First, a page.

GV ECS votes unanimously to implement suicide prevention measures on campus


GVL / Annabelle Robinson

Jamie Wilson, Staff Writer

Grand Valley State University’s Executive Committee of the Senate (ECS) recently met with the Student Senate to discuss suicide prevention measures on GVSU’s campus. 

ECS is the highest committee of faculty members to decide on issues brought to them from the lower-faculty senate, the University Academic Senate (UAS) and the Student Senate. 

Student Senate brought resolutions involving attempts to heighten awareness of mental health and prevent mental health crises of students on campus.

The first resolution discussed was to create a safety barrier on the Little Mac Bridge. 

This resolution was formed after two students, Logan Congdon and Reagan McLaughlin, petitioned for a barrier following the death of student Quinn Campbell who died by suicide this past winter. 

“I was blown away by the turnout of those who are passionate about this cause,” Congdon said. “Reading the comments on the petition and hearing stories about other students who’ve had suicidal thoughts while on the bridge was a moving experience. I just want to thank everyone who has supported us thus far and helped spread the word.”

Through university partnerships with student affairs, public safety, facilities planning personnel and the university counseling center, student senator Aaron Rusch and vice president Faith Kidd wrote up the resolution for it to be presented at ECS. 

“I was so excited to hear that our petition was taken seriously by the GVSU student and faculty governments,” Congdon said. “This barrier is an avenue for real change to occur on our campus and while we can’t ‘suicide-proof’ the world, the netting on Little Mac bridge will create enough friction for someone to re-think things, call a suicide hotline or reach elsewhere for help.”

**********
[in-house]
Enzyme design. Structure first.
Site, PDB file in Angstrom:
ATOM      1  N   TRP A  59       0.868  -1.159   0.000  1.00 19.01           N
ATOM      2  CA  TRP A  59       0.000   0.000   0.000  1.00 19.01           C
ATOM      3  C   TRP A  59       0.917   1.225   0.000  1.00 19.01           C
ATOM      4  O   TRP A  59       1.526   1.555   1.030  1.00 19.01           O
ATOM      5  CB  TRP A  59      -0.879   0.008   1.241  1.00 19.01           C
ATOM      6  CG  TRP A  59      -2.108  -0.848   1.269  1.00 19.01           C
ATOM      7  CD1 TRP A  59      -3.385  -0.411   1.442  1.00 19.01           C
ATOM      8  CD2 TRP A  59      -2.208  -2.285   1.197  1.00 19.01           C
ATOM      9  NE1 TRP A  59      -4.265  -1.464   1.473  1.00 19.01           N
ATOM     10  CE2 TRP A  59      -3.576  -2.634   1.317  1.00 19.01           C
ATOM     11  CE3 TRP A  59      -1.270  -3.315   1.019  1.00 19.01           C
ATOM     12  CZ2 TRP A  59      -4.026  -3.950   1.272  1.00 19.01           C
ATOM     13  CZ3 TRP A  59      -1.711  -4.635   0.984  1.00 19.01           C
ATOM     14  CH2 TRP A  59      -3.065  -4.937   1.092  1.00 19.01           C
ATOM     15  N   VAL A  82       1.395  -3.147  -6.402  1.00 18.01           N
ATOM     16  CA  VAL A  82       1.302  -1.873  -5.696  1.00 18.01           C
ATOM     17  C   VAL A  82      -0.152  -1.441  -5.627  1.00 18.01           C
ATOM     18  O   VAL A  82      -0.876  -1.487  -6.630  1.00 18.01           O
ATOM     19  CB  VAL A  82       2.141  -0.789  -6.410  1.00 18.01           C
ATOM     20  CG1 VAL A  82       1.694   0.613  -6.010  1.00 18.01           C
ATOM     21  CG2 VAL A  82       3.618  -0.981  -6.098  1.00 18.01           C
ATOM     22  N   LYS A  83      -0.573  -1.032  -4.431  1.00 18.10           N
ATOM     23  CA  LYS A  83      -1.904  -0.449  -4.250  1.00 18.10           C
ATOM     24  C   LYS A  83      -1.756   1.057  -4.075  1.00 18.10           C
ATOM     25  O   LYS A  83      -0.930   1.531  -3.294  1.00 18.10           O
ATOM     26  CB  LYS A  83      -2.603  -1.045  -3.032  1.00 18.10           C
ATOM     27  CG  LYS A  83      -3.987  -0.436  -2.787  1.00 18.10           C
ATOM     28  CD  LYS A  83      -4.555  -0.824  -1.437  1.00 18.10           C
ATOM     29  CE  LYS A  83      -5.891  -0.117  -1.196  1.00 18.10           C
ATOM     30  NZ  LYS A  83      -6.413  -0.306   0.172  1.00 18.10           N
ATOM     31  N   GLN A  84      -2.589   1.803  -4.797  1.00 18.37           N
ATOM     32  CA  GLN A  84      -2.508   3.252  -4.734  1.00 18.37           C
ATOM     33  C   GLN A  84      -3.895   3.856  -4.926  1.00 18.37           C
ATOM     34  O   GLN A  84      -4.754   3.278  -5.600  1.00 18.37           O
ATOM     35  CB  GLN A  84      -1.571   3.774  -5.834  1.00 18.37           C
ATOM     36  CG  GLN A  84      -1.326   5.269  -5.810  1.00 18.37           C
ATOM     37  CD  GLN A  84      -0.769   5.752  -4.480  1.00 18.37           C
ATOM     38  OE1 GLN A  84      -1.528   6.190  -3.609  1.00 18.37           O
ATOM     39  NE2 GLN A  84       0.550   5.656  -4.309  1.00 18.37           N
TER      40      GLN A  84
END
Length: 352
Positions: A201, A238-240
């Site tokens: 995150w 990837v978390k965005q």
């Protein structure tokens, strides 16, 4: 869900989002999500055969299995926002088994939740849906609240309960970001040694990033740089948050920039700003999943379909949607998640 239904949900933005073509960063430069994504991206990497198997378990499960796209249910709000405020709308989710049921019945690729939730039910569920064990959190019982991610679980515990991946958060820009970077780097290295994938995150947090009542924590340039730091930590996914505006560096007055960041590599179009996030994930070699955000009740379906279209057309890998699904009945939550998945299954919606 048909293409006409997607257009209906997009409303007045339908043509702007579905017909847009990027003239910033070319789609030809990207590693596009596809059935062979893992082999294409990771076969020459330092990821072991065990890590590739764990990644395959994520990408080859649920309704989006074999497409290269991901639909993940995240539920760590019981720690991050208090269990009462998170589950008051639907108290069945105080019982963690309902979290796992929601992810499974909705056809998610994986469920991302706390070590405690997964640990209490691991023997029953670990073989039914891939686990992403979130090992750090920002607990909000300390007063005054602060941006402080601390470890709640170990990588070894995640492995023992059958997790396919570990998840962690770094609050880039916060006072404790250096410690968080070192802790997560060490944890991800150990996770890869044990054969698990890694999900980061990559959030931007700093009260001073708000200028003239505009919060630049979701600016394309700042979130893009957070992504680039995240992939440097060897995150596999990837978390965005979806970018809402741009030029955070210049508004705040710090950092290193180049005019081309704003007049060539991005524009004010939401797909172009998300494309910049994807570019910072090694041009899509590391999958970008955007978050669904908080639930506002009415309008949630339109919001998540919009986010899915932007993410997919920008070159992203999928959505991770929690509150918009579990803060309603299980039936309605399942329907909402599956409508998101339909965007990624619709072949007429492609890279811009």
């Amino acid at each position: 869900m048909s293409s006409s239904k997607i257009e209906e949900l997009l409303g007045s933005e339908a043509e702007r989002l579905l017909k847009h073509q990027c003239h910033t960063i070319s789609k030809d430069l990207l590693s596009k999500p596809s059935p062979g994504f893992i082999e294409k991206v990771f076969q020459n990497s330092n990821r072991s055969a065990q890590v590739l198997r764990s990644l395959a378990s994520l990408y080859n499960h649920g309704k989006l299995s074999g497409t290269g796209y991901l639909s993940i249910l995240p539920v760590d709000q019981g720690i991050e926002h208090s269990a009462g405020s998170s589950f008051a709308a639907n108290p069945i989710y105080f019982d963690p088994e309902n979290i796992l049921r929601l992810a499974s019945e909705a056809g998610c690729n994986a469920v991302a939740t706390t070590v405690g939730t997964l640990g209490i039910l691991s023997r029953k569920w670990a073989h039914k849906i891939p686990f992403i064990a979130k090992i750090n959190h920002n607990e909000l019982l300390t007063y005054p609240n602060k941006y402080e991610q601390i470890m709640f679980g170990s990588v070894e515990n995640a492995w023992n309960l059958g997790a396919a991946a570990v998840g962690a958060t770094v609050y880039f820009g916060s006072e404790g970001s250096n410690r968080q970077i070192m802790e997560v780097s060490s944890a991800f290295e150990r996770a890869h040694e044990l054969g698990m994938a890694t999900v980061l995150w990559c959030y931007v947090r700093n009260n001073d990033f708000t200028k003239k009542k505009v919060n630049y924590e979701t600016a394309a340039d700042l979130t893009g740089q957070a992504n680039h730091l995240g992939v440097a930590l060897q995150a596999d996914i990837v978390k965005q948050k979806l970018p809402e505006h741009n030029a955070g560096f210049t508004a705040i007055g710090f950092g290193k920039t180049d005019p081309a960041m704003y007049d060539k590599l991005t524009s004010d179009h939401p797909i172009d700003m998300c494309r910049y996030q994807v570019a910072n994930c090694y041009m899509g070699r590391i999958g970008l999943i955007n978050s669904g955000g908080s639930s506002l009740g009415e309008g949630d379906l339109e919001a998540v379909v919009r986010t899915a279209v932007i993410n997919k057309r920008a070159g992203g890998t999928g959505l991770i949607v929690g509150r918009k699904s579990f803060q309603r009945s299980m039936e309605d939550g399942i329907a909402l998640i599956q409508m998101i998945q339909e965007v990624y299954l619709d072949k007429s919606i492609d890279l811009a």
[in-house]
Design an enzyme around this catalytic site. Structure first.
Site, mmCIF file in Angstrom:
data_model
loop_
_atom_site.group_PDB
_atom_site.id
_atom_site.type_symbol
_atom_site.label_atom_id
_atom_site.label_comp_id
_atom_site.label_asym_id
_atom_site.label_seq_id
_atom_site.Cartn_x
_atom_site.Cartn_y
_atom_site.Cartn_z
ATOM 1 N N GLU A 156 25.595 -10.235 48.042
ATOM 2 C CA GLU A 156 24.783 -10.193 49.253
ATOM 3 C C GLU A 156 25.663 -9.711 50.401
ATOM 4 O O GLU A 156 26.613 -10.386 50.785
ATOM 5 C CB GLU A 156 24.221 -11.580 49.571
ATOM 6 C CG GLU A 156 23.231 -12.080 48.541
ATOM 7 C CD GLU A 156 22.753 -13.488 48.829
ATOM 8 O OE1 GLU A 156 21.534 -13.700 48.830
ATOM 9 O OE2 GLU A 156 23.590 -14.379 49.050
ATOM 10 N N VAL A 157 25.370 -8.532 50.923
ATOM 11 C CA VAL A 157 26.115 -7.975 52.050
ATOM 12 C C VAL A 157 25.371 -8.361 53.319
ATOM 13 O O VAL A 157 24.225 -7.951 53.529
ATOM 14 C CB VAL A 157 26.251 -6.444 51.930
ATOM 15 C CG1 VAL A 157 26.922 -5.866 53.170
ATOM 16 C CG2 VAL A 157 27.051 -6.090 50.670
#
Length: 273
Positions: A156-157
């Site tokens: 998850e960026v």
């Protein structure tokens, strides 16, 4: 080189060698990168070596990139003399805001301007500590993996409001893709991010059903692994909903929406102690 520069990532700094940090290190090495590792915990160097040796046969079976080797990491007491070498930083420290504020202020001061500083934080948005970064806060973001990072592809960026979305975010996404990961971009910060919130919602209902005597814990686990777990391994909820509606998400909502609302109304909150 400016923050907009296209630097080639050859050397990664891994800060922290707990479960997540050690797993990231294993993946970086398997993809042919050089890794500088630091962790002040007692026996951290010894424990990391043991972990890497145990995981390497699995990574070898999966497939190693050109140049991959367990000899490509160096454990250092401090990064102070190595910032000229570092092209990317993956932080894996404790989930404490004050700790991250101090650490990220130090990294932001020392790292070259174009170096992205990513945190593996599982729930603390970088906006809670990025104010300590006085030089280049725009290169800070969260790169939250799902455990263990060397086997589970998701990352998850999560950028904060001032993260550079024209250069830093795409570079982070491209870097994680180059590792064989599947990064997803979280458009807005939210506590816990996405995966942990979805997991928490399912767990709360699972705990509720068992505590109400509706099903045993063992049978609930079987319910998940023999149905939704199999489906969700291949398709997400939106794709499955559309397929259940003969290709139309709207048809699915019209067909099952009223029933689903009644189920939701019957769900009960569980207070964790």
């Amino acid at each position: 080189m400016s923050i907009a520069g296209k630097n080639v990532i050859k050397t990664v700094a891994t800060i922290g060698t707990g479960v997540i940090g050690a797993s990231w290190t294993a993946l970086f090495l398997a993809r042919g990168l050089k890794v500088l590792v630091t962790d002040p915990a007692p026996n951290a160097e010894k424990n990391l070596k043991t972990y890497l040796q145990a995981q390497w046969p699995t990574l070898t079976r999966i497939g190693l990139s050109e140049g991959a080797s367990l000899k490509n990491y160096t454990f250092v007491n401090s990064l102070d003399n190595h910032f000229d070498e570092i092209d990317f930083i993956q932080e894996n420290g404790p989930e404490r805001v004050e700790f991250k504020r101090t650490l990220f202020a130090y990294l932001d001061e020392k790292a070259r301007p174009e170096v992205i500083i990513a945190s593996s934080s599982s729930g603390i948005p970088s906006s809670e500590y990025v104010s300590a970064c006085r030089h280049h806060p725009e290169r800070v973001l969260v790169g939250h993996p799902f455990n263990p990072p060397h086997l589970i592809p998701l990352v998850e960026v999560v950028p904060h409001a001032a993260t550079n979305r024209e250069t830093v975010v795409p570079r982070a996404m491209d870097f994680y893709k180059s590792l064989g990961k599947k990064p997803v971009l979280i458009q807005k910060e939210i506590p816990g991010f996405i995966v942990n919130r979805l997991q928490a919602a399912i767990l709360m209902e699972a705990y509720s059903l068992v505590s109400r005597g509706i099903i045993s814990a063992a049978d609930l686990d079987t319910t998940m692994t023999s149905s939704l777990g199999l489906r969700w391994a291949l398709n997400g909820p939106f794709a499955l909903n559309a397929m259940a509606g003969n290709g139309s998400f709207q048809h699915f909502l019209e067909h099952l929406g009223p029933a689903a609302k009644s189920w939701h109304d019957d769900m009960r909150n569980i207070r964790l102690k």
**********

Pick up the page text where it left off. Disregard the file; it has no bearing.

The petition received overwhelming support and the resolution passed unanimously through ECS.

The second resolution discussed at ECS was the resolution on printing the National Suicide Prevention Lifeline contact information on student identification cards.

Freshman Bianca Munoz and vice president Justin Frappier wrote this resolution with the help of the counseling center and GVSU’s Police Department (GVPD) and presented it to the ECS at the meeting.

“We wanted to extend more resources and greater access to mental health resources for students,” Munoz said. “Putting it on our IDs would make it easily accessible and available to students when the campus counseling center is closed.”

Student ID cards are currently undergoing an adjustment for the upcoming year, so this design decision is coming at a reasonable time. 

“The number fits perfectly on the card, without having to remove or minimize anything and I think it’ll help with the mental health crises we’re seeing all across the country,” Frappier said. 

The team involved in creating the resolution decided that the suicide lifeline contact would be the best resource to put on the card rather than campus security or GVPD so students can talk through their thoughts and feelings before deciding whether authorities need to be brought in. 

“A lot of people experiencing a mental health crisis don’t want police intervention, so this is a safe alternative where students can speak to someone confidentially and if police should be brought in, the lifeline can walk the student through that,” Munoz said during the presentation. 

This resolution passed through ECS unanimously. The committee applauded the students for bringing these issues to the faculty’s attention and taking action to help others.